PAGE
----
Why Natural Trans Fats Aren’t as Bad
While the dangers of artificial and industrial trans fats are clear, the other family of trans fats, known as natural or ruminant trans fats, have been shown to have a neutral or potentially beneficial effect on our health. While researchers have known for some time that the two families of trans fats were different, they’ve come to better understand in the past few years the impact of vaccenic acid and conjugated linoleic acid (CLA)—the most prevalent natural trans fats.

Unlike synthetic trans fats, this other family of trans fats is found in nature, hence the name natural, or ruminant, trans fats, Specifically, they are produced in the rumen of cows and are made by the bacteria found in the animal. It’s contained in many dairy and beef products.

Research conducted over the past 2 years using animal model and cell culture studies have indicated that CLA, unlike its synthetic counterpart, might actually reduce the risk factors of heart disease, diabetes, inflammation, and obesity. In 2010, a study published in the American Journal of Clinical Nutrition examined CLA in overweight children for 7 months and found it had some potentially positive benefits on weight. In another 2010 study at the University of Alberta, a 3-week animal-model trial focusing on vaccenic acid showed that the substance lowered inflammation levels, which has important implications because inflammation is a leading risk factor of heart disease. Additional preclinical trials have also indicated that some natural trans fats lower lipid and cholesterol levels in the body, according to Proctor.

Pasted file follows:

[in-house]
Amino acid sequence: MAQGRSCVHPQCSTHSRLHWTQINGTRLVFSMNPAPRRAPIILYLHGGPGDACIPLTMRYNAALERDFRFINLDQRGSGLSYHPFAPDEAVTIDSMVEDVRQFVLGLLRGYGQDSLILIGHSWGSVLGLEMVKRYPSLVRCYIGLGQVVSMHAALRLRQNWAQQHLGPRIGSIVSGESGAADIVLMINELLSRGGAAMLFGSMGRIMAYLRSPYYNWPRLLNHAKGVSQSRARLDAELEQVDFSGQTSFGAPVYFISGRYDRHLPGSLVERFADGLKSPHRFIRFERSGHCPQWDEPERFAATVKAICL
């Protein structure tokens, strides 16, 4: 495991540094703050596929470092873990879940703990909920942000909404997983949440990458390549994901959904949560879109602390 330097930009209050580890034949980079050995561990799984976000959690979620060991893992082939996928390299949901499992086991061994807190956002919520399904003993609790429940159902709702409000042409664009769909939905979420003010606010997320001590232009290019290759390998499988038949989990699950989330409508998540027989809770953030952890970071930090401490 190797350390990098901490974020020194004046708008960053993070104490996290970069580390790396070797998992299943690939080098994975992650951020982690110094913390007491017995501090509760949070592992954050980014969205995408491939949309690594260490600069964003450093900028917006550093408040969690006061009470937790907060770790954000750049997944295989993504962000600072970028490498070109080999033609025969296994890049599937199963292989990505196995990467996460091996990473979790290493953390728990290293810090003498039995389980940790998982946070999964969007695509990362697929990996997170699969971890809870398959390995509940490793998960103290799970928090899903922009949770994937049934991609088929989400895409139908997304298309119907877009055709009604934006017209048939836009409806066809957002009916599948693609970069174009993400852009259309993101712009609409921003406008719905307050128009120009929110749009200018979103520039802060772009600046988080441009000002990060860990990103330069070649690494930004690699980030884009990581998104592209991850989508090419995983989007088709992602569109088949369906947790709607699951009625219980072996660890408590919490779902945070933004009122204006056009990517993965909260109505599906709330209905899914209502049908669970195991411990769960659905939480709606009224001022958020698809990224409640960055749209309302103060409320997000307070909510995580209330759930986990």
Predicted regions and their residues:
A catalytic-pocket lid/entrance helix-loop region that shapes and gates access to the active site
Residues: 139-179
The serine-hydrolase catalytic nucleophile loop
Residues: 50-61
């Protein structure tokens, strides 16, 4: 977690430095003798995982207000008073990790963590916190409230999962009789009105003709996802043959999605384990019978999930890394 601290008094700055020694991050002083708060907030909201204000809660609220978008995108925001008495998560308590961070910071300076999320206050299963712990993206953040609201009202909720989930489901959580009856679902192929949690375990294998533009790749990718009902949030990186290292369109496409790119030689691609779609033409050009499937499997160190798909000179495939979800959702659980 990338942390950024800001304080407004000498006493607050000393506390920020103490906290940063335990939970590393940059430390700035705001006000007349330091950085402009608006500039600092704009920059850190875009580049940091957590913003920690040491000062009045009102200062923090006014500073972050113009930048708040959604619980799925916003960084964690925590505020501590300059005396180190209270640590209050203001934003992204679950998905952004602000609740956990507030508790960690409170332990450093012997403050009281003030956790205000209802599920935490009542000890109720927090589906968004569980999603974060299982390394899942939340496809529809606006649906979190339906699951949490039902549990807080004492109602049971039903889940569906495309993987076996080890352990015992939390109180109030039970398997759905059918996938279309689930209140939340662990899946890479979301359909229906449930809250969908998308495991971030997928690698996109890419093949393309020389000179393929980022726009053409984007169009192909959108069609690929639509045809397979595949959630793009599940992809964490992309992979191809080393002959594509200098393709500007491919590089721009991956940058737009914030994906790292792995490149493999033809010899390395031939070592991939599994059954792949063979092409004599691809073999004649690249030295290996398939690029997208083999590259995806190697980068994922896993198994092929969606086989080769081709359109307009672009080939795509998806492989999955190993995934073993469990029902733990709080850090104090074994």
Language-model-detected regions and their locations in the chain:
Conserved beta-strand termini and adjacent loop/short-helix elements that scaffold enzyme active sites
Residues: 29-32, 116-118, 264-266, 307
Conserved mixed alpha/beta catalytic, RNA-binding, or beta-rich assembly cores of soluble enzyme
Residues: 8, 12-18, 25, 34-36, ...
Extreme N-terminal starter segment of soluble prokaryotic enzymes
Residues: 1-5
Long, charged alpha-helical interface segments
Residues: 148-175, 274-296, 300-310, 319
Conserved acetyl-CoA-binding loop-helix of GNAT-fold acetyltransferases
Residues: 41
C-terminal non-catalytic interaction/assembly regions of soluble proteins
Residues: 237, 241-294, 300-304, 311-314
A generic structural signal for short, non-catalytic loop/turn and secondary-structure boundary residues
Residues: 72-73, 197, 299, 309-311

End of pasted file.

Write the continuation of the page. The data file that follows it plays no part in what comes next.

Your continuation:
The recent review is the first of its kind to address key issues of benefit toward heart disease risk and cholesterol, and contains a broad spectrum of work, including epidemiological, preclinical, and clinical studies. Overall, scientists believe that natural trans fats have at least a neutral and not detrimental health effect, and are working on exploring the potential benefits with human clinical trials.

How to Be a Trans Fat–Savvy Shopper
So the place where we’re falling short, according to Proctor, is with labeling and informing consumers. Because labels don’t differentiate between the two trans fats, consumers might be misled when they see trans fat on the label of, for example, yogurt, which contains ruminant trans fats. (Video: Decode Food Labels)

Instead of relying on the nutrition label, start taking your cues from the ingredient list, suggests Sheth. “If a product’s ingredients include partially hydrogenated fat or oil, that’s a clue that the product has [synthetic] trans fats,” she says.

This is a good practice to enact for all foods—especially foods that boast having “0 trans fats.” By law, food items can have up to 0.5 g of trans fat per serving and can still use the term 0 trans fat, according to Sheth. “And it can really add up.” Again, to make sure you’re not overindulging in industrial trans fats, let the product’s ingredient list be your guide and steer clear of items with partially hydrogenated fat or oil.





Source: http://fitbie.msn.com/eat-right/truth-about-trans-fats?gt1=50002

Pope Bitterz D'Alomo
22nd October 2011, 08:27 PM
These days it's all about giving everything a bad name then come back later and say you didn't mean to.